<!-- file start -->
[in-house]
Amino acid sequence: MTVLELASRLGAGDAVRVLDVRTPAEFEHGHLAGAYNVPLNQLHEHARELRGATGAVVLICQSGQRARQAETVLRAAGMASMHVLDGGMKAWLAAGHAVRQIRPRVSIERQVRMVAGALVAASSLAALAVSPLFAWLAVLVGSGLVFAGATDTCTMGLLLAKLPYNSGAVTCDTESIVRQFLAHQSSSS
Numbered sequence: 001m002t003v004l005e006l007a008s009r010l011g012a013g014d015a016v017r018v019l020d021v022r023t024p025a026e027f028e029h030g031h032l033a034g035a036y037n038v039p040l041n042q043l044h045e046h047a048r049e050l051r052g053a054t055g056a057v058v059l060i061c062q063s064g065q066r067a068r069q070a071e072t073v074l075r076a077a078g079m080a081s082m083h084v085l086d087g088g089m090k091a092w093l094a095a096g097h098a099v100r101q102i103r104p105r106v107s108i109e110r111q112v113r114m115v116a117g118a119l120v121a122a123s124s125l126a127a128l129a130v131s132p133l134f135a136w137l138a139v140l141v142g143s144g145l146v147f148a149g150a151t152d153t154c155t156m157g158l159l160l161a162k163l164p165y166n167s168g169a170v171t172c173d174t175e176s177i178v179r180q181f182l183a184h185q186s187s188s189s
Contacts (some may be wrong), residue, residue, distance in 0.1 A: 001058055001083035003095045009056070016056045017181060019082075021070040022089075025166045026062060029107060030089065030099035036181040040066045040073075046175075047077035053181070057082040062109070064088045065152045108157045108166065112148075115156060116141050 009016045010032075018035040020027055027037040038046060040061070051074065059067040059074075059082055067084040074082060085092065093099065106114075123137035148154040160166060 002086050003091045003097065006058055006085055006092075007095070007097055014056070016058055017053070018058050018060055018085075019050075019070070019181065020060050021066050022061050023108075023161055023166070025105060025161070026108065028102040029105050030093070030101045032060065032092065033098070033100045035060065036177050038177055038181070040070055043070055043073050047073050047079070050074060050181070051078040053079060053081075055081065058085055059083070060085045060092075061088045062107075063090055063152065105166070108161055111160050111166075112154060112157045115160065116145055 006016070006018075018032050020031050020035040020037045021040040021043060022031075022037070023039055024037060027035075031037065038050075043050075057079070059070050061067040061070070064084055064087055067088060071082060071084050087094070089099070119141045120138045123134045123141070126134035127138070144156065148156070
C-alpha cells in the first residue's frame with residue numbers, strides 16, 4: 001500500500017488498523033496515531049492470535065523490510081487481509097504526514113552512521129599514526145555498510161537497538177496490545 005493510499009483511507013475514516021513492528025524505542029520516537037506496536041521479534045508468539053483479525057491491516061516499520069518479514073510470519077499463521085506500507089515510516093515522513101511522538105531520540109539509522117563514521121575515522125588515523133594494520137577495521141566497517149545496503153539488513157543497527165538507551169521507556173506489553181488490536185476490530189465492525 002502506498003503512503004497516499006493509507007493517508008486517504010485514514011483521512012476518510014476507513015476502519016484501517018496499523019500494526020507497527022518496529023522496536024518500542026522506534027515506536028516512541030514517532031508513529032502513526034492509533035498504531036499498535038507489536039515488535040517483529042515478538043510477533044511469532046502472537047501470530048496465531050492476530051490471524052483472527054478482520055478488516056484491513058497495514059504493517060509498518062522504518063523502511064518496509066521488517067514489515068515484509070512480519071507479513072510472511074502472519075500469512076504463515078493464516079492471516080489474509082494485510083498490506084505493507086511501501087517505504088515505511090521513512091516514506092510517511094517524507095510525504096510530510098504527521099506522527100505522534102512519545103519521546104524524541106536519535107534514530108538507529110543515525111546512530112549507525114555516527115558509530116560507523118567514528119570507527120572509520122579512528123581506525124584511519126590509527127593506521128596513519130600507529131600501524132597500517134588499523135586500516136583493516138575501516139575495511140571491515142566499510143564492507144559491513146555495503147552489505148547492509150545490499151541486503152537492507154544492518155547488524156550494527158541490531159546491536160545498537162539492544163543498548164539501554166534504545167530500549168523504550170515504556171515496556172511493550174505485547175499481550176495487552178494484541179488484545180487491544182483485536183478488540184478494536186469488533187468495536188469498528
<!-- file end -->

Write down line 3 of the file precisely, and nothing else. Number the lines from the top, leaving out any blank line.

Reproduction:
Numbered sequence: 001m002t003v004l005e006l007a008s009r010l011g012a013g014d015a016v017r018v019l020d021v022r023t024p025a026e027f028e029h030g031h032l033a034g035a036y037n038v039p040l041n042q043l044h045e046h047a048r049e050l051r052g053a054t055g056a057v058v059l060i061c062q063s064g065q066r067a068r069q070a071e072t073v074l075r076a077a078g079m080a081s082m083h084v085l086d087g088g089m090k091a092w093l094a095a096g097h098a099v100r101q102i103r104p105r106v107s108i109e110r111q112v113r114m115v116a117g118a119l120v121a122a123s124s125l126a127a128l129a130v131s132p133l134f135a136w137l138a139v140l141v142g143s144g145l146v147f148a149g150a151t152d153t154c155t156m157g158l159l160l161a162k163l164p165y166n167s168g169a170v171t172c173d174t175e176s177i178v179r180q181f182l183a184h185q186s187s188s189s